This relaxation of formalities between museum curator and invited artist resulted in the best gift that could have been presented to me by a fellow digital artist.  I will forever be indebted to John Macpherson for his audacity to surprise me by messing with one of my own exhibited digital works in the museum, as only a friend would dare to do.

      “I hope you don't mind,” he respectfully wrote in the email that included a stunning manipulation (without permission) of one of my original digital works of art, using his own uninhibited artistic skill and zany creativity.  He had been browsing my virtual museum that was preparing his upcoming contribution to the permanent online collection.

     “When I saw it, I just had to do it,” he explained.  Ah, a true artist!

     I reassured him I didn't mind; in fact that I was delighted by the results.  Just exactly what did MacPherson do? 

     See below.  Like Dr. Frankenstein, he stitched together portions from different bodies of works.  My “Pool Hall,” derived from a photo of the student pool hall at Indiana University-Bloomington, was spliced with a digital reproduction of  “Night Cafe” by none other than famous Vincent van Gogh!  I myself had to look carefully as to where my own digital picture parts, of this freakish new work, connected to transplanted elements of a masterpiece by an icon of art history. 

     Macpherson is a genius.  The flip-flop effort held visually together as one convincing work of art.  The whole was more than the sum of its parts.  Like underlying common DNA, both my digital and van Gogh’s painted elements mutated into one working whole.  The artistic surgery was successful. 

     Macpherson's own “Pool Hall,” officially a “collaboration” among van Gogh, himself, and me comes alive with its own pictorial vitality.  It still vibrates with the color palette and brushed textures of the master from the past, but now blends well sandwiched within a present 21st century recreation room, making van Gogh's pool hall appear more modern day.  In my opinion, Macpherson's piece deserves to garner much publicity and recognition.  He has brought one of van Gogh's masterpieces alive to exist in the present, making it relevant to modern times.  He has assisted van Gogh through the use of digital tools to show what is possible with today's electronic paint brushes.  Maybe the master might have loved to use them too, if they were available during his time.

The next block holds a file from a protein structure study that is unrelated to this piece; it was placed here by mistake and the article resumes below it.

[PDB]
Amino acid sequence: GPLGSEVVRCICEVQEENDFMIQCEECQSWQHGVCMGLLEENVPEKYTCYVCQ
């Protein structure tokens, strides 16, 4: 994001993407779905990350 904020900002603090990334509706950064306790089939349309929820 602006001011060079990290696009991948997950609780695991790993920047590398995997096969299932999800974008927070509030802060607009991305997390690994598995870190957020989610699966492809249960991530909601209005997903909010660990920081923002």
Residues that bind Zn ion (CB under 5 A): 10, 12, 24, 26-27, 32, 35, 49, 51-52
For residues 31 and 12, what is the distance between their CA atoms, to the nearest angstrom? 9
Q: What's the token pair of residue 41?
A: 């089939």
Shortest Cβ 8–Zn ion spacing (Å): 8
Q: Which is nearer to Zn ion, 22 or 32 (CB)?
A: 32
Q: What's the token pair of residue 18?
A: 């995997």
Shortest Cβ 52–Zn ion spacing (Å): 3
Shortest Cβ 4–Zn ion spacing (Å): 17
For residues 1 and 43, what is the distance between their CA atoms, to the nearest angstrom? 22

Most importantly for me, the digital artist, the Macpherson “Pool Hall” provides concrete proof of my decades of effort in emulating real art using digital tools.  I have spent years simulating the effect of reflected light on a real canvas surface, seemingly covered with the texture of paint laid down at different depths.  Physical paintings have shadows and highlights when lit by gallery spotlights.  Software manipulation attempts to imitate the same visual effect for digital pictures.  I felt my efforts achieved this, at least satisfying my own aesthetic judgment, necessary for personal enjoyment and consumption.  But there was always this lingering doubt.  “How convincing is my digital art in its attempt to be experienced as a real painted surface?”  All digital artists who make representation imagery, I believe, still secretly harbor this nagging doubt.

      Hopefully, this piece is a breakthrough that reassures the validity of digital artists' efforts to perceptually convey content, whether landscape or portrait, just like in the old fashion way with paint and canvas.

     Look carefully.  In Macpherson's piece, my digital sections are compatible in textural and lighting effect as that of the sections provided by van Gogh's “Night Cafe.”   Digital and oils become one.  The surface visual quality becomes irrelevant in the viewer's mind.  The work can rise above “what the picture is made with” and focus on the subject of the work of art, the message - people enjoying a human moment of relaxation from the stresses of real life.  Content rules supreme over craft, materiality, and technique.  The art “works,” it's successful, it comes “alive,” it “speaks” to us.

     So by extrapolation to my vast collection of other artworks so executed with digital tools, now I am personally convinced that I have achieved the look, with software but without paint and brush, of fine art “painting.”  Today is a great day for me to be working as a digital artist!

 


See illustrations -

 

 

          “Pool Hall”                                                                                     John MacPherson  2013

 

 

 

 

 

 

 

 

 

 

 

“Pool Hall”                                                                              Rodney Pygoya Chang  2013  

 



  

“Night Café”                                                                               Vincent van Gogh  1888